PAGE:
The question is, "How is the New World Translation's usage of 'Jehovah' controversial?" The concluding question is similar: "In what way is the translators’ decision controversial?" This logically refers to their decision to render the Tetragram as 'Jehovah' in their English translations.
However, the other three questions fitted in between those bookend questions risk skewing answers to deal with what is supposed to be directly connected to the main question, when they are not.
There is nothing controversial about why the NWT chose to transliterate the Tetragram the way it did. Others had previously done that, and their translations are not generally viewed as controversial for that reason.
There is nothing controversial about why the choice was made to use the transliteration 'Jehovah' rather than Yahweh or another word. Again, different translations have used Yahweh and nobody objects to that.
There is nothing controversial about why the name 'Jehovah' might be viewed as conveying the correct information (in and of itself, as long as it's not used as some sort of marketing device.)
Therefore, the only question that must be tackled head on, without any distractions, is why others may view the NWT as controversial, the way it uses the name 'Jehovah'. The Watchtower Society was not the first to come up with the word 'Jehovah' as an English representation of YHWH (in Hebrew). They did not invent that. So, no controversy can be found there. Nor is it controversial that they should choose to render it thus all of the nearly 7,000 times it appeared in the ancient Hebrew Scriptures. That is simply being consistent. A controversial point does arise, however, with inserting it 237 times in the Christian Greek Scriptures. If the claim that the NWT had "restored" it to the original text was true, then it would have had to have been in there in the first place, being subsequently removed. Let me now quote from the author of The Tetragrammaton and the Christian Greek Scriptures who delved into this, and related matters, regarding the Divine Name:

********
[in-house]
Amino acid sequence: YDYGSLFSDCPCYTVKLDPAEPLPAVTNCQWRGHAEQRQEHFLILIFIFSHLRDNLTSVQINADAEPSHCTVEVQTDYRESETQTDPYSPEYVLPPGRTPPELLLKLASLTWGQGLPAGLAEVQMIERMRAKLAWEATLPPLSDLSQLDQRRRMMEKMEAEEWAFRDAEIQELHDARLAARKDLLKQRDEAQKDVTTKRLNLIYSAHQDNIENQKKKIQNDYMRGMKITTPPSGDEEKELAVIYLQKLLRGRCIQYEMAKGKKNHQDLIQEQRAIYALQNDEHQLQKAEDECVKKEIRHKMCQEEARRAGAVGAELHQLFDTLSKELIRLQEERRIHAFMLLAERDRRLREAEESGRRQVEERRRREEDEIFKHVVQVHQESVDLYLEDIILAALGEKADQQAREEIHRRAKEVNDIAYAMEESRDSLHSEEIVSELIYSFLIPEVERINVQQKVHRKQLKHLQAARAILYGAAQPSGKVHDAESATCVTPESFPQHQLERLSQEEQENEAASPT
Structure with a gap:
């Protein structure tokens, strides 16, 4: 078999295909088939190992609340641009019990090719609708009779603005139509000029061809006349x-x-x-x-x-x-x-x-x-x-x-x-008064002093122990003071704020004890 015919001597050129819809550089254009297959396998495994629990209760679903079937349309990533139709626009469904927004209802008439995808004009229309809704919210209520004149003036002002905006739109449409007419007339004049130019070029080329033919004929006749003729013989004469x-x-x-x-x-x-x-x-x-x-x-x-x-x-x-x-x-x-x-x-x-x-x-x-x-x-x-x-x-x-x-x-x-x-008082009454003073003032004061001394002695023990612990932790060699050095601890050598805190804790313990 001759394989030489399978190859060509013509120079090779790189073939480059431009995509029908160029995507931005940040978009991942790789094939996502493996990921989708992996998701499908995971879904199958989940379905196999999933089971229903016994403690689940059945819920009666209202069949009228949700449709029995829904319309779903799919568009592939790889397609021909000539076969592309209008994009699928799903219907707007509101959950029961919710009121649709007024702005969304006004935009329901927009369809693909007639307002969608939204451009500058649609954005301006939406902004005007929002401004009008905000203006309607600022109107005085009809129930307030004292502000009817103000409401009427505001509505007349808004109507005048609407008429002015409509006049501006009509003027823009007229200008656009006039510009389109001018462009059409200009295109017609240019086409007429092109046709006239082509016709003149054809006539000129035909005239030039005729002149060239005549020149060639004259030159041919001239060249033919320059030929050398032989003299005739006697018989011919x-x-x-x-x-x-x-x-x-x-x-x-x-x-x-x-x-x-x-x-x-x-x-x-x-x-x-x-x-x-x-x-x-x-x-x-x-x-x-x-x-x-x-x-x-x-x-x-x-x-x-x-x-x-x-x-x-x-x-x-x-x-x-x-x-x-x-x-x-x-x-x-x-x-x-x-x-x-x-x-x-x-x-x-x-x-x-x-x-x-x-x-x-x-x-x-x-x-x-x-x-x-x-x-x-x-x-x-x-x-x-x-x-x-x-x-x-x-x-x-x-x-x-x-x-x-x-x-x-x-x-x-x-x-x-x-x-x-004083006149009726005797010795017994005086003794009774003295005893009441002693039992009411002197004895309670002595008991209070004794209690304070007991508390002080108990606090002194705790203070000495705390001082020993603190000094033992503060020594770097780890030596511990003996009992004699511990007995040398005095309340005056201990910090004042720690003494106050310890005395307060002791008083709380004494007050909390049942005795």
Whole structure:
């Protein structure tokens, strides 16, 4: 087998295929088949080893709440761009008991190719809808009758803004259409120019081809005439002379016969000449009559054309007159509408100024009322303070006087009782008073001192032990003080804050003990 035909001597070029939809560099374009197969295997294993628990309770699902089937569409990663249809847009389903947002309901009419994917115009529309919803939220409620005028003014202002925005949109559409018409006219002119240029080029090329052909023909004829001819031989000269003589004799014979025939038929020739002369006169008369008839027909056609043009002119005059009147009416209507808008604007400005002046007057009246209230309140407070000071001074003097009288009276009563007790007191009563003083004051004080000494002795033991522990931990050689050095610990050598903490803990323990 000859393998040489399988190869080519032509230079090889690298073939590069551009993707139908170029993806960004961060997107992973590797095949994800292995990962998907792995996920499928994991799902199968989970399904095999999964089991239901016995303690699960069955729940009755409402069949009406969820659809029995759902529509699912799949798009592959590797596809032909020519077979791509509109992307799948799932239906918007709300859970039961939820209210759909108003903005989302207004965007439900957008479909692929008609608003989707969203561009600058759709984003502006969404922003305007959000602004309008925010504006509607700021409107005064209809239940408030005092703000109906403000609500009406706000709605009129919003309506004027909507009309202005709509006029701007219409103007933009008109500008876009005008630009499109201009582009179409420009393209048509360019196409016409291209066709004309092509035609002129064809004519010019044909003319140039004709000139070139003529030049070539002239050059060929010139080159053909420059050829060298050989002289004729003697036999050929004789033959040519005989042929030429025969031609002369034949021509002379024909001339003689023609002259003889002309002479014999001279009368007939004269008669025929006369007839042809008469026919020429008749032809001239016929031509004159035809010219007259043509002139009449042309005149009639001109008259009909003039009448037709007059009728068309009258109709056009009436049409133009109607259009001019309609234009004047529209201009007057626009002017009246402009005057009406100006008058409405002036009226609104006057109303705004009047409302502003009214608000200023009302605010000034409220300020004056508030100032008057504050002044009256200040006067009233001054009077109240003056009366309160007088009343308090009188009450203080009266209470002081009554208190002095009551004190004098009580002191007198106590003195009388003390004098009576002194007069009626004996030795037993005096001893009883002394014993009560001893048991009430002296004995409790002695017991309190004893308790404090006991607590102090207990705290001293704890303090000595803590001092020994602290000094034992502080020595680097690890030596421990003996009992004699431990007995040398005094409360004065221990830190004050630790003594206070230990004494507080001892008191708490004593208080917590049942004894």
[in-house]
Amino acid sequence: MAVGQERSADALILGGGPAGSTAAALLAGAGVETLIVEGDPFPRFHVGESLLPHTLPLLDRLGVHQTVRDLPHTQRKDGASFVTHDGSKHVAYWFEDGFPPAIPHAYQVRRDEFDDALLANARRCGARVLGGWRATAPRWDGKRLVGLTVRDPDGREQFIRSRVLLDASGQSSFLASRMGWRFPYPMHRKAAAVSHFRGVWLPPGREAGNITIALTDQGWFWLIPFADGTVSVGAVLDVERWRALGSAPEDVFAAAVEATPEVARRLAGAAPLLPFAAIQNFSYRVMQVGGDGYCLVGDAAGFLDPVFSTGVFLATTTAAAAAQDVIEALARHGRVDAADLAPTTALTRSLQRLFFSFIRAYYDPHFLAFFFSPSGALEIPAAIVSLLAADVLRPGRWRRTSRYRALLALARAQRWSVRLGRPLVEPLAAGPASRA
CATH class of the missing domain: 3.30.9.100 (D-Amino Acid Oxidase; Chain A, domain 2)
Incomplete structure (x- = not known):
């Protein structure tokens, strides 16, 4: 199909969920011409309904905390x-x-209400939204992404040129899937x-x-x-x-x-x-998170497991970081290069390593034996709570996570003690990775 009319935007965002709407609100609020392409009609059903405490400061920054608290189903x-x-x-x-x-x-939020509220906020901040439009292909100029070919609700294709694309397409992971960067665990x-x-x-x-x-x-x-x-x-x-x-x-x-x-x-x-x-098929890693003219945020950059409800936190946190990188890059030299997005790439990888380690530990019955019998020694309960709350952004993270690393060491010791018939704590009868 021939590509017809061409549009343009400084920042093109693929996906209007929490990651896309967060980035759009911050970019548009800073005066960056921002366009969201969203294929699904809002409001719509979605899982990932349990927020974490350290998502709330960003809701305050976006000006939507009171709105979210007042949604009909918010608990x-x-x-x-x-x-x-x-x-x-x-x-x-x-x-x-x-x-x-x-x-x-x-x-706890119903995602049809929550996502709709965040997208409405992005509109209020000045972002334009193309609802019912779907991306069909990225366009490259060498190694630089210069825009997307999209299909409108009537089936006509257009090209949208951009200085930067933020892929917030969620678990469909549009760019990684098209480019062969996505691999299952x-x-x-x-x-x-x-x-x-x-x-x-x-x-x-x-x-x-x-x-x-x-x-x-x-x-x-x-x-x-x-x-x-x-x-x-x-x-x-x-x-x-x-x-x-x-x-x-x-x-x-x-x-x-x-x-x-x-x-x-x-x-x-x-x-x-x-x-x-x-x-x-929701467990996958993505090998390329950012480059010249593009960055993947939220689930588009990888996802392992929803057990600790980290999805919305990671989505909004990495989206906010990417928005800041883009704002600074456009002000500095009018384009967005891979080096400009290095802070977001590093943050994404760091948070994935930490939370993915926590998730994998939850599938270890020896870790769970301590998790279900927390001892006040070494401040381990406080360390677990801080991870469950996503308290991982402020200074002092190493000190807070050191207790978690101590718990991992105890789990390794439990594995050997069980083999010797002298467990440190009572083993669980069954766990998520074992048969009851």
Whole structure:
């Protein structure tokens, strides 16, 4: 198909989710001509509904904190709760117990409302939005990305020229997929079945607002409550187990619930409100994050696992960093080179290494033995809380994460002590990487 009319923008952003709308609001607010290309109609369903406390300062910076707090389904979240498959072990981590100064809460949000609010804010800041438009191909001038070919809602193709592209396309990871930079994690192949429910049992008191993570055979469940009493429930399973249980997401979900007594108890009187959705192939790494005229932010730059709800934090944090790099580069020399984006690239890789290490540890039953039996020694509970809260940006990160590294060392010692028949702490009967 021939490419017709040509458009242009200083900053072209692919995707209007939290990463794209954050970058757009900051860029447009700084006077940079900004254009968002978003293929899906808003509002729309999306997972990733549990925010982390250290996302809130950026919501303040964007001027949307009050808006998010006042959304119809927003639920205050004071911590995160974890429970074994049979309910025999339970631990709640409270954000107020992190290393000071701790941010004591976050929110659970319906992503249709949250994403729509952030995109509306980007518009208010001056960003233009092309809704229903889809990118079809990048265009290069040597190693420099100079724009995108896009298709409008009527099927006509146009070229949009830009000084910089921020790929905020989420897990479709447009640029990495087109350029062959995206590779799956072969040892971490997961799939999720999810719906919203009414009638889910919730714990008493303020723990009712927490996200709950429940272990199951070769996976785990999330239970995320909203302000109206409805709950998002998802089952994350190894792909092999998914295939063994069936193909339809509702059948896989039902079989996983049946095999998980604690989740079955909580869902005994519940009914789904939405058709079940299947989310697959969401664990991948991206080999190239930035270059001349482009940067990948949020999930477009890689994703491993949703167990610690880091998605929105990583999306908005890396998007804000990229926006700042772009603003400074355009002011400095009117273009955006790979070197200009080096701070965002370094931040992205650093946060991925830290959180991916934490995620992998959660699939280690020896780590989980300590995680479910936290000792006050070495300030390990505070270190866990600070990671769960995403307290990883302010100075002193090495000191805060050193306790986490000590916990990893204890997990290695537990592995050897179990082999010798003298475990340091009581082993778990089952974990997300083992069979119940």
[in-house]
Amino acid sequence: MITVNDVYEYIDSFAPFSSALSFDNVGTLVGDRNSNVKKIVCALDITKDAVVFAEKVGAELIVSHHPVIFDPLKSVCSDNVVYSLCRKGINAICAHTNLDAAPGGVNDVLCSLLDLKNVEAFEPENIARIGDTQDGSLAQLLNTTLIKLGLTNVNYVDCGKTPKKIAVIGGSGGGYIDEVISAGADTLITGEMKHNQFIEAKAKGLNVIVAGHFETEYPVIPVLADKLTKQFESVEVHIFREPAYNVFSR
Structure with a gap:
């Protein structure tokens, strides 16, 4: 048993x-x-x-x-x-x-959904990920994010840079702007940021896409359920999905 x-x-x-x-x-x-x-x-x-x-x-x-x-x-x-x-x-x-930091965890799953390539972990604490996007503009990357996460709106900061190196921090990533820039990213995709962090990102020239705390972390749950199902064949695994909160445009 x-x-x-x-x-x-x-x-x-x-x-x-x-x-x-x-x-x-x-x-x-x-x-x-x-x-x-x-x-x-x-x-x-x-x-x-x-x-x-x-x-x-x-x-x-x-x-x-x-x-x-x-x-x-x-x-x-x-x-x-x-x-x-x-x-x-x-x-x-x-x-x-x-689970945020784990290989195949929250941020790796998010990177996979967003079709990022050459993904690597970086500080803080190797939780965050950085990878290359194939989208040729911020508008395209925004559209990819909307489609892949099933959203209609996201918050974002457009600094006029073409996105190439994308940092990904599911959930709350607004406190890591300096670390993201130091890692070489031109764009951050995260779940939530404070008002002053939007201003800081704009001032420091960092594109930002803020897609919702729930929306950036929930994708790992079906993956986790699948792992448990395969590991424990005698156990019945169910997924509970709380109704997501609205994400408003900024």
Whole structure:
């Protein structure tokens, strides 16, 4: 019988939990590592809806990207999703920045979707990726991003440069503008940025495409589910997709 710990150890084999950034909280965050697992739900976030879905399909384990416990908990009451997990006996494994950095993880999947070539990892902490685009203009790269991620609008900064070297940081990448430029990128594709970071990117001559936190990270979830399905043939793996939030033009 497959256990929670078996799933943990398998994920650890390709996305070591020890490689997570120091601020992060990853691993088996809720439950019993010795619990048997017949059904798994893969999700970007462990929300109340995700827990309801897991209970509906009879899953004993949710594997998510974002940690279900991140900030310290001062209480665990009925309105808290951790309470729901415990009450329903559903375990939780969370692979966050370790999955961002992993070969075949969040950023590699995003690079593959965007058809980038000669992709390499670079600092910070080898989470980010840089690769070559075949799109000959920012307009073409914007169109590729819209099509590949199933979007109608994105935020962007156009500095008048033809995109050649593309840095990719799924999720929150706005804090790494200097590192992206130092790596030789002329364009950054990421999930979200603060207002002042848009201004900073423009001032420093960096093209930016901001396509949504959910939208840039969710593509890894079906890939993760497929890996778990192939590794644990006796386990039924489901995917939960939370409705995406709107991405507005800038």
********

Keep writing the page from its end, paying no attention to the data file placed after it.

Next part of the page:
"A translator cannot 'restore' a new word to his translation if that
word is not found in the Greek text he is translating. The Watch Tower
Society admits that there are no ancient Greek manuscripts of the